That said, corn ethanol really is a bad idea because farming it requires massive fossil fuel inputs. In particular, nitrogen run-off due to the excessive application of fertilizer causes a huge dead zone in the Gulf of Mexico each year, effectively killing the fisheries there. If domestic corn production weren't subsidized and protected by a stiff tariff, farmers would consider growing energy crops like switchgrass on otherwise idle land - even if those could currently only be used for space heating, freeing up heating oil that could be turned into diesel.

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Why is it that no one mentions the fact that corn ethanol production also produces a distillers grain co-product that is used as animal feed? Most pundits seem to conveniently overlook that fact. Sure, corn ethanol has its problems, but at least get the facts straight...


Yes it produces DDG, but the industry can only use so much of that. We are at the maximum on corn ethanol and should push as hard as we can to get cellulose ethanol online in high volume production in 3-5 years then phase out corn ethanol.


"they're a long-term proposition, i.e. no threat to the oil industry."


When oil reads of FT processes using municipal waste and hog manure as feedstocks (e.g. Range Fuels 2nd gen pilot) to generate syngas > ethanol - they ARE threatened. Why? Because we have learned in the last 50 years that implementation of new technologies is accomplished in ever-shortening time periods (consider the transition from CDs to MP3 digital data - physical music stores are now dinosaurs.) Quite frankly if one examines the political motivations, the fears of food vs. biofuel must reasonably emanate from big oil interests. How better to counter the intrusion of low-cost biofuels than to distort the effect on food supply and "the world's poor?"

The underlying problem with all these exercises is their stubborn refusal to acknowledge real world "inputs" or, in climate change terms, "forcings." Human understanding, while perhaps primitive, is no longer "blind." The manipulation of these data to meet agenda goals jeopardizes public veracity in our expanding era of transparency. Once the manipulators are caught with their pants down - there will only be embarrassment and disbelief. In a newly sophisticated world those found manipulating it may end up not unlike the aristocracy of the French Revolution - thrust head-long into the void...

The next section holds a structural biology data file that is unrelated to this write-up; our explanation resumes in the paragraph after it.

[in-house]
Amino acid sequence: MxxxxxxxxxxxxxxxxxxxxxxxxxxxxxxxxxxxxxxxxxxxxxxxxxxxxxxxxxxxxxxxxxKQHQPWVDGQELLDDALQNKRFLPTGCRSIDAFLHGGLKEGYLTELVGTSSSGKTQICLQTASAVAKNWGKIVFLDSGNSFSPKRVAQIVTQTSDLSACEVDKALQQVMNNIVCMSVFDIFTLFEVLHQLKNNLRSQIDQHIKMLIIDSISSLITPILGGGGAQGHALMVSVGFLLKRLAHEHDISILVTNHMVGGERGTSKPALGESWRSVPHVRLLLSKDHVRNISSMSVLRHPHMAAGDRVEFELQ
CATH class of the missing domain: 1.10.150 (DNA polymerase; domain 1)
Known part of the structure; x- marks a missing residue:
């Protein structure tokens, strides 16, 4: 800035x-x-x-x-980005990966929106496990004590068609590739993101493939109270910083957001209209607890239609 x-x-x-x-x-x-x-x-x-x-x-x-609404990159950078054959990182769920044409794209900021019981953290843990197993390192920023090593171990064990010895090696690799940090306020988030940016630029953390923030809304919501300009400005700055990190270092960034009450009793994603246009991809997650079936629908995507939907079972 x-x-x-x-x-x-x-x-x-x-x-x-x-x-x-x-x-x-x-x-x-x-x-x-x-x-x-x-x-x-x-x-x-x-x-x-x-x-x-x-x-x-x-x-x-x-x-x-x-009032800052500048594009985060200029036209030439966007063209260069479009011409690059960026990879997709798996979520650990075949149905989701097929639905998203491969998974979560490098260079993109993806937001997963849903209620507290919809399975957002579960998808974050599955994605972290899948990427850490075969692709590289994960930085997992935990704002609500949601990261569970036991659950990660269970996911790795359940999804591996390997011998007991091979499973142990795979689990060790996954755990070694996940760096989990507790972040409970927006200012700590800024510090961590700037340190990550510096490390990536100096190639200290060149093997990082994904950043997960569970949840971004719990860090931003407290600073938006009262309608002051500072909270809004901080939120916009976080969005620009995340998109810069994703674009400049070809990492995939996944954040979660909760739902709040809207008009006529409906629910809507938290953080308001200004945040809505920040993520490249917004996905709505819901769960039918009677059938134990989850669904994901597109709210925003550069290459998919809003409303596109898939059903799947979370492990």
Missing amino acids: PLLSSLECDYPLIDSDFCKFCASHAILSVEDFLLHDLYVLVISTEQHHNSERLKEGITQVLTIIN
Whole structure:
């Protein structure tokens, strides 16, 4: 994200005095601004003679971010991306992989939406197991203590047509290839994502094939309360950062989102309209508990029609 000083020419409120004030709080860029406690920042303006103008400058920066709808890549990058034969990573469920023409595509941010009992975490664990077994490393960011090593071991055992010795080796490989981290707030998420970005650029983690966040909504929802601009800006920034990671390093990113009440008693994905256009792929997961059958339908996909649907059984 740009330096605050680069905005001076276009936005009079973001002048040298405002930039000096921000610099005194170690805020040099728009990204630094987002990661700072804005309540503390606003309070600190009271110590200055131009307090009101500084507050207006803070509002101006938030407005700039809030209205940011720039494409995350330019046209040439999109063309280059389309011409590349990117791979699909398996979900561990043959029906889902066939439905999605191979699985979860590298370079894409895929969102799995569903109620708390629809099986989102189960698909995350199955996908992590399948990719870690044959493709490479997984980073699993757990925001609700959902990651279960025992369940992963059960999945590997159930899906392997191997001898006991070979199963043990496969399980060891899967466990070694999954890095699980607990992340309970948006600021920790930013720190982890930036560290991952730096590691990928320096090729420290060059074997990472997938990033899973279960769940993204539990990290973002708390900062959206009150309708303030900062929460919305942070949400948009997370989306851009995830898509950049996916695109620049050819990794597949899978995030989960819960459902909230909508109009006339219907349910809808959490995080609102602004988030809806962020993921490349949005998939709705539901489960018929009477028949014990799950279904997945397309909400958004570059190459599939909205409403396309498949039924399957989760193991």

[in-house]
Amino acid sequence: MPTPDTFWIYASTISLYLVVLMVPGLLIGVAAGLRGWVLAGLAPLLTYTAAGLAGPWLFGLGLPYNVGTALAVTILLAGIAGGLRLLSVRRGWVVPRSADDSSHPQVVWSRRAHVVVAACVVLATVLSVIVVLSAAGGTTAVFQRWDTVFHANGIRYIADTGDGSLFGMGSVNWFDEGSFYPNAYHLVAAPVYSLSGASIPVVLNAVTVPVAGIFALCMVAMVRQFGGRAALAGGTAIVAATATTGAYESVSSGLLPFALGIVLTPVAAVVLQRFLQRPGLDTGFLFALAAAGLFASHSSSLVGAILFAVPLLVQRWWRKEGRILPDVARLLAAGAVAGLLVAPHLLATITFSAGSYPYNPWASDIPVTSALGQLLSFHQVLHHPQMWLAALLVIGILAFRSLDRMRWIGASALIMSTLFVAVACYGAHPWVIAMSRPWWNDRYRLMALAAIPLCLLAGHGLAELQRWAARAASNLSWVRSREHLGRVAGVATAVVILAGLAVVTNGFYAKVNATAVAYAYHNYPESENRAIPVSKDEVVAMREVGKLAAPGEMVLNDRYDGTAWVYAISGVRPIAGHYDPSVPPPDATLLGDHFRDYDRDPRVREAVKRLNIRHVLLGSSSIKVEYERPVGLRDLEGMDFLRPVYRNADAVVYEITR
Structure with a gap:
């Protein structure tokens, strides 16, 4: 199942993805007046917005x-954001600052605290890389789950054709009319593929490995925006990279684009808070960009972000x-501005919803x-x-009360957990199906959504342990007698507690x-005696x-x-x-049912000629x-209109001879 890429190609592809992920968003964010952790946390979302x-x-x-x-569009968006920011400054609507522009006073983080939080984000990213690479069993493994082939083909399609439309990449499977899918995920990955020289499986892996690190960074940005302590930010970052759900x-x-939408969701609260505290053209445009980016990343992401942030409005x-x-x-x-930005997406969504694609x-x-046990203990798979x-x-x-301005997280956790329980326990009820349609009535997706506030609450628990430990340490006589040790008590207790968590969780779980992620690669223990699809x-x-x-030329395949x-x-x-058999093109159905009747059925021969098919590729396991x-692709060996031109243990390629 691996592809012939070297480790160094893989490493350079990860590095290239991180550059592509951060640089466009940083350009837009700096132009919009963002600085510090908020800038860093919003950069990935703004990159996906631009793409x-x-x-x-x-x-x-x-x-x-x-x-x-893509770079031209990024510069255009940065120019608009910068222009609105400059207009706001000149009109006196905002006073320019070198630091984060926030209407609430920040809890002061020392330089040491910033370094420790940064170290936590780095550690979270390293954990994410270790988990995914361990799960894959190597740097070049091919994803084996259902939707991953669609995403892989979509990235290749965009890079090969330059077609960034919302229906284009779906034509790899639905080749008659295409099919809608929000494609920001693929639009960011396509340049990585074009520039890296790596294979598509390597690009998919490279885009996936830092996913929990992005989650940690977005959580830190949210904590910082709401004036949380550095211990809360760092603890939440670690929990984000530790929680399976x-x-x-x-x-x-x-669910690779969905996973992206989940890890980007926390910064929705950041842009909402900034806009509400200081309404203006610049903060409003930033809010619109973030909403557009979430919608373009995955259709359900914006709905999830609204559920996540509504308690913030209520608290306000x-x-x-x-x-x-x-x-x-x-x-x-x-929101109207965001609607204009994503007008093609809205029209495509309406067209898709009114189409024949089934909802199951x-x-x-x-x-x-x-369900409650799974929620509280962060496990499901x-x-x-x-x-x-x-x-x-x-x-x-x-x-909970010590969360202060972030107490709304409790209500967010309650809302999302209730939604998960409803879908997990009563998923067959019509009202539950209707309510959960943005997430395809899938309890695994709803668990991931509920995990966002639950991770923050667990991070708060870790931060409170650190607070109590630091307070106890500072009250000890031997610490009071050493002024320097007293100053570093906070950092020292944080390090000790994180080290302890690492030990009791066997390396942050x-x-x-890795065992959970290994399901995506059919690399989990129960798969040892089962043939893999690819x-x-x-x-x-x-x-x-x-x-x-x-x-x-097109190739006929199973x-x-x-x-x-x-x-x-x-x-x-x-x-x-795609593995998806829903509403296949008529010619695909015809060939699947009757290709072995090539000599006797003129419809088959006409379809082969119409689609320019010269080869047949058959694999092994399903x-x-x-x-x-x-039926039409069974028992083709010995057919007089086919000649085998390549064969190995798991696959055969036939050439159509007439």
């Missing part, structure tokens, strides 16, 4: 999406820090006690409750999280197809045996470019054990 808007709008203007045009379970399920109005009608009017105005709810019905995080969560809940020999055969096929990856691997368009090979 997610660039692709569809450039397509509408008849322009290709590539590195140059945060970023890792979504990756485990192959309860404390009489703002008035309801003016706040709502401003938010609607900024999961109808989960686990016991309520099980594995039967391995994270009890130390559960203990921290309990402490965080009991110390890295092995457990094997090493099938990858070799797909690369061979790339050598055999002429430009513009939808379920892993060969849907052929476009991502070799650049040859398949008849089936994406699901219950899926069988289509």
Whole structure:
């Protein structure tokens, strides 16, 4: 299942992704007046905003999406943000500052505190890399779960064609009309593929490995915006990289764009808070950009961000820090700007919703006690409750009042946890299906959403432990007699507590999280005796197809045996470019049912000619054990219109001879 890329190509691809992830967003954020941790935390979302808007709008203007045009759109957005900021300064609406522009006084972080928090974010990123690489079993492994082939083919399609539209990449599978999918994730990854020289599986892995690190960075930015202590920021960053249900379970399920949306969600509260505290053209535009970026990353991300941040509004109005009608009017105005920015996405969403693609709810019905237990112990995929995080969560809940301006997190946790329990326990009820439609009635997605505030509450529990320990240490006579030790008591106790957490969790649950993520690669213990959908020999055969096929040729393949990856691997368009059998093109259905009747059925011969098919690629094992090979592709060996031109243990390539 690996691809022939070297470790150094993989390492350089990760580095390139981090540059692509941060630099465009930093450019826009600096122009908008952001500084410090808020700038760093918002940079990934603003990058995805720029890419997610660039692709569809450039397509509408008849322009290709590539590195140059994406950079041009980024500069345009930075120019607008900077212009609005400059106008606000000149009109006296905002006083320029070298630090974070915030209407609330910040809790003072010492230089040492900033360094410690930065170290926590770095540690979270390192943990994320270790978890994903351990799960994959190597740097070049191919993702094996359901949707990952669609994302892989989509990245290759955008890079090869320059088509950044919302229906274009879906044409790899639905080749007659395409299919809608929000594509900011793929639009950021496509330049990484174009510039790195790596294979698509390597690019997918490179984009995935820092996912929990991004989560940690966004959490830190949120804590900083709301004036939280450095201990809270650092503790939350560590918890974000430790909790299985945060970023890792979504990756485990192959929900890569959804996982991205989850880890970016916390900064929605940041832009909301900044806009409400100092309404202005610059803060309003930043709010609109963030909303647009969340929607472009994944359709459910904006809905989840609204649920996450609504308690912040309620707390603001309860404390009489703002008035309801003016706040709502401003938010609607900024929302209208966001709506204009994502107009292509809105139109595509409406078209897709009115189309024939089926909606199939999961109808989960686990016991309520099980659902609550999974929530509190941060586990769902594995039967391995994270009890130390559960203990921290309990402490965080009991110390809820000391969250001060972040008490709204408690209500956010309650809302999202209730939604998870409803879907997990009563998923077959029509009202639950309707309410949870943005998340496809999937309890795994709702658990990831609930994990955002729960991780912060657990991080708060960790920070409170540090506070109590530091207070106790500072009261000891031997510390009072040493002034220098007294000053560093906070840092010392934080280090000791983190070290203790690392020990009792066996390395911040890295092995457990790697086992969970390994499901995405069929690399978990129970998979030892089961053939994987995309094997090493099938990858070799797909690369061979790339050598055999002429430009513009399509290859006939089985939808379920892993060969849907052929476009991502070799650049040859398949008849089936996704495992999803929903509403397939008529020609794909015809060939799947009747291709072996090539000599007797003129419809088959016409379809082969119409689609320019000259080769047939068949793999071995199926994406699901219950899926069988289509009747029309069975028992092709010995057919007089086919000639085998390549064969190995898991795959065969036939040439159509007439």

I am a great oponent to corn ethanol since it is the stupidest idea to solve our oil addiction. But in the same time it is unfair to blame corn ethanol as solely responsible of recent increase price of food worlwide. Food proce soaring are the result of combined effect including : short supply due to drough in Australia and Ukraine, incresase of demand due to improved wealth in china, speculation on commodities because of the lost of value of the dollard, and also biofuels. Increase of food price is a good thing because :
- too many countries are dependant on foreign import of food and do nothing to control the growth of their population (Egypt, Philipina, Indonesia, Mexico, Nigeria etc..) so I hope they will finally realise that theey are on unsustainable and dangerous slope...

- High price of cereal will encourage local production
Negative effect is that it will accelerate destruction of rain forest to grow more food.

Anyway this food crisis is a clear signal that we are running in the wall of unsustainability, too many people on this planet. Too many poors who want to be richer.


This is the best thing that could happen to developing nations. I remember reading many articles in the early 90's about how 3rd world countries were getting into manufacturing goods instead of agriculture because they could not compete with the prices of the developed world. Now that prices have increased to a reasonable level they can compete. The only down side is the prices rose so quickly they have not been able to transition into the market quick enough but that will change.
On a side note there is enough arable land on the continent of Africa to feed the entire worlds population. The countries in the area just need to have some stable governments in place to allow them to advance.